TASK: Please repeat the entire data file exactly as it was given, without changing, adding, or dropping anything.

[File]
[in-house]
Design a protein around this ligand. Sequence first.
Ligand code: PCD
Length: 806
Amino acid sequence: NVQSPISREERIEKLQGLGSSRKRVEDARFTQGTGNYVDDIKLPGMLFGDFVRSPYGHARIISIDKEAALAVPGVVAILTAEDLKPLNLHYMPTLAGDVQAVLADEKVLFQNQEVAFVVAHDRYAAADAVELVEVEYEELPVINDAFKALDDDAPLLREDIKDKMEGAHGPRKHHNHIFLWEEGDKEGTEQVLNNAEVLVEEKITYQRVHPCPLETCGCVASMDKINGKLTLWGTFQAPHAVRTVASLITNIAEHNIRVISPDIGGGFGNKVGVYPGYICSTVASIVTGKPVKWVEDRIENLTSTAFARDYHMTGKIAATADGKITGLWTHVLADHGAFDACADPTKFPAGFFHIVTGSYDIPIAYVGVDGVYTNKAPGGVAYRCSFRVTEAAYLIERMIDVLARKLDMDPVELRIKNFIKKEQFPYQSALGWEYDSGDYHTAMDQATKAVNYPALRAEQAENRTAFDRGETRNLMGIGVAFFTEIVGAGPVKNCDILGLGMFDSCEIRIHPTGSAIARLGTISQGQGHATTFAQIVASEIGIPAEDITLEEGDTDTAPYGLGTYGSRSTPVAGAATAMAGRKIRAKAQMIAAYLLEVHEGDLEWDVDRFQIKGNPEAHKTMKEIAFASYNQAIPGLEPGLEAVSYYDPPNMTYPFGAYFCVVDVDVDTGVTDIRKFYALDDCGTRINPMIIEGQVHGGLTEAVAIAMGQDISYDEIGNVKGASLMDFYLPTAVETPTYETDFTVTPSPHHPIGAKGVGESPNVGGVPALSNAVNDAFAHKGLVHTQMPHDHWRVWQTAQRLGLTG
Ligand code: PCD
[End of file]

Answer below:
[in-house]
Design a protein around this ligand. Sequence first.
Ligand code: PCD
Length: 806
Amino acid sequence: NVQSPISREERIEKLQGLGSSRKRVEDARFTQGTGNYVDDIKLPGMLFGDFVRSPYGHARIISIDKEAALAVPGVVAILTAEDLKPLNLHYMPTLAGDVQAVLADEKVLFQNQEVAFVVAHDRYAAADAVELVEVEYEELPVINDAFKALDDDAPLLREDIKDKMEGAHGPRKHHNHIFLWEEGDKEGTEQVLNNAEVLVEEKITYQRVHPCPLETCGCVASMDKINGKLTLWGTFQAPHAVRTVASLITNIAEHNIRVISPDIGGGFGNKVGVYPGYICSTVASIVTGKPVKWVEDRIENLTSTAFARDYHMTGKIAATADGKITGLWTHVLADHGAFDACADPTKFPAGFFHIVTGSYDIPIAYVGVDGVYTNKAPGGVAYRCSFRVTEAAYLIERMIDVLARKLDMDPVELRIKNFIKKEQFPYQSALGWEYDSGDYHTAMDQATKAVNYPALRAEQAENRTAFDRGETRNLMGIGVAFFTEIVGAGPVKNCDILGLGMFDSCEIRIHPTGSAIARLGTISQGQGHATTFAQIVASEIGIPAEDITLEEGDTDTAPYGLGTYGSRSTPVAGAATAMAGRKIRAKAQMIAAYLLEVHEGDLEWDVDRFQIKGNPEAHKTMKEIAFASYNQAIPGLEPGLEAVSYYDPPNMTYPFGAYFCVVDVDVDTGVTDIRKFYALDDCGTRINPMIIEGQVHGGLTEAVAIAMGQDISYDEIGNVKGASLMDFYLPTAVETPTYETDFTVTPSPHHPIGAKGVGESPNVGGVPALSNAVNDAFAHKGLVHTQMPHDHWRVWQTAQRLGLTG
Ligand code: PCD